It was a day trip to Anchorage. For oral surgery. I didn’t even take an overnight bag. Just a flight up, lunch with my beloved brother, into the chair, needles, anesthetic, three posts put in, x-rays then off to the airport after a stop at the pharmacy for pain pills (quick!).
I sit here waiting at the end of a long dark terminal, with 20 others, writing. Working, prepping for the writing workshop on Lake Michigan this next week. I leave for that in just 3 days. For some reason, I do not worry about the weather. And then it came. The Voice:
“Passengers going to Kodiak, we’re on weather hold. Check back in at 5:30.”
I look up from my computer, sigh, say a prayer, eyes closed, and keep working.
It’s 6:00 pm now. The next announcement comes:
“The flight to Kodiak is cancelled due to weather.”
I find out it's gusting 50 mph and dumping gallons.
Of course it is! I sigh again. Finish my email, call Duncan. I will have to spend the night. I have no clothes, no pj’s, no makeup, no charger for my phone. I am wearing open-toed croc sandals because of a hurting foot.
But it’s okay. I'll be fine. I remember times my luggage was lost. I once spoke at a women’s retreat in the same clothes all three days. Some nights at home with 6 young children I fell into bed exhausted fully dressed----and stumbled out of bed for another round in the same duds. I know how to camp, how to improvise, do without, make much of little.
I go to bed that night in a hotel room, with pain pills and a long call to my husband and sons, whom I will miss. In 3 nights I am leaving for 2 weeks. I’m so very anxious to be home with them before I leave.
Today, I arrive at the airport tired, but glad to be getting home. The weather looked better, Duncan said, and planes are flying. Whew! I work all morning, take a taxi, board the plane. I’ll make it home in time to pick up Abraham from high school, then go home make dinner, go to Godspell rehearsal. My last rehearsal for 2 weeks. I already missed last night.
I rest the whole flight. The ding-dong bells chime as we start to descend. We sink through the cloud-fog until I can see the water. I see the surf around the reef just before the runway. We’re going in, I’m about to be home, to kiss my sons, to make dinner, to eat together, to get Abraham to his concert-------to fill up on Happy Family goodness (before I leave!)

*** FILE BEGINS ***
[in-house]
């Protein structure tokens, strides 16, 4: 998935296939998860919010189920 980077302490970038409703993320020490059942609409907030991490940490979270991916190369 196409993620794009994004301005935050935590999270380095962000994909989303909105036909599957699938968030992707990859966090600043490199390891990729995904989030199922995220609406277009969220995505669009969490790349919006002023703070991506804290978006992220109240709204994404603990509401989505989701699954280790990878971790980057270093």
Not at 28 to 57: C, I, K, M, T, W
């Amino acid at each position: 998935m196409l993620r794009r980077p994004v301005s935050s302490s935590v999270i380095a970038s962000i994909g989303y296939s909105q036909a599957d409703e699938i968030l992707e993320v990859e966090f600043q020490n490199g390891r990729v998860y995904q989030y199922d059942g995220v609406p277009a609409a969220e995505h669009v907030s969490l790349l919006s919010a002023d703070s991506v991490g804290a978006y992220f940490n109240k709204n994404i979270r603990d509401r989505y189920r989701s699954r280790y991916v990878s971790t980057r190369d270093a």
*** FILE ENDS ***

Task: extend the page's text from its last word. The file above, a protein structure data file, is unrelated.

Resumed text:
and then. Yes, of course. And then. And then the nose lifts. I turn to the man sitting next to me (a friend) and say, “If we turn around I’m going to cry.” The nose keeps lifting. Maybe we’re going to circle, like we usually do. Sometimes as long as 30 minutes, searching and waiting for a hole to dip down into. Then the pilot, a woman, comes on:
"Ladies and gentlemen, I’m sorry, but the weather closed in as we made our way to Kodiak. It was looking good when we left but it deteriorated the last 10 minutes. We don’t have enough fuel to circle, so we’re heading back.”
I make good on my threat. Tears, head turned toward the window. I will have one night now with my family before I leave for 2 weeks-maybe. IF I can get in tomorrow. I am tired, my jaw hurts, and I just want to bawl. So I do. but quietly.
How many times has this happened? And what do I do with this disappointment --- again? This reality---That I live in a place that collects and gathers wind, fog, ice, storm, spinning those who live here into helplessness, and even sometimes despair. And sometimes into strength.
But I am not strong. I am weak. I write this through real tears and small flashes of anger. Sometimes the price of living here feels too high.
I want a convenient life, you know? When I said, “I do” to Duncan I didn’t know I was saying “I do” and “I will” to this. What if, after 38 years, I don’t? What if I won’t?
But this is the story of all our lives, isn’t it? All of us who do not bail when the fog rolls in, who cry and pray instead of leave, who keep getting on planes, in cars, on subways we’re not sure will get us where we need to go, who keep mothering and fathering when the fun is gone, who hold onto whatever comes with one hand clinging hard, the other hand open . …
Because every part of life is uncertain. No matter where you live. Except one part.
Call me crazy, but I am one of those who believes that there’s a God in this universe and in every universe in every dimension around us who is madly, calmly purposing and intending Good. A God who honors our human choices, and yet steers the hearts of kings and presidents. A God who knows the fall of a swallow, and yet who orders Time itself. A God who responds to our every "ask, seek, and knock" and yet who accomplishes all HE has ordained.
All---for good. And yes, a “good” that sometimes includes calamity and harm, and----inconvenience. But this world and this God do not exist for my happiness. There is so much more at stake than my (our) personal happiness. God is not my Father; He is Our Father.
But also, He knows I am made of dust. He invites me to ask from Him what I need and what I want. And so I do. All the time. I don't imagine I will ever stop needing, wanting and pleading at times for something other than what God delivers to me. I will never be that spiritual. I will always be human.
So I wait to get home. I stand here now in the airport, one hand open, the other knotted.
One hand pleading, "Please?!" and the other, palm up, "Your will be done."
I know it will be done.
I will be home. Maybe soon.
Dear Reading Friends, I'd love to hear where YOUR hands are right now: double-fisted? Double-open? Do let me know if I can pray with you and for you.
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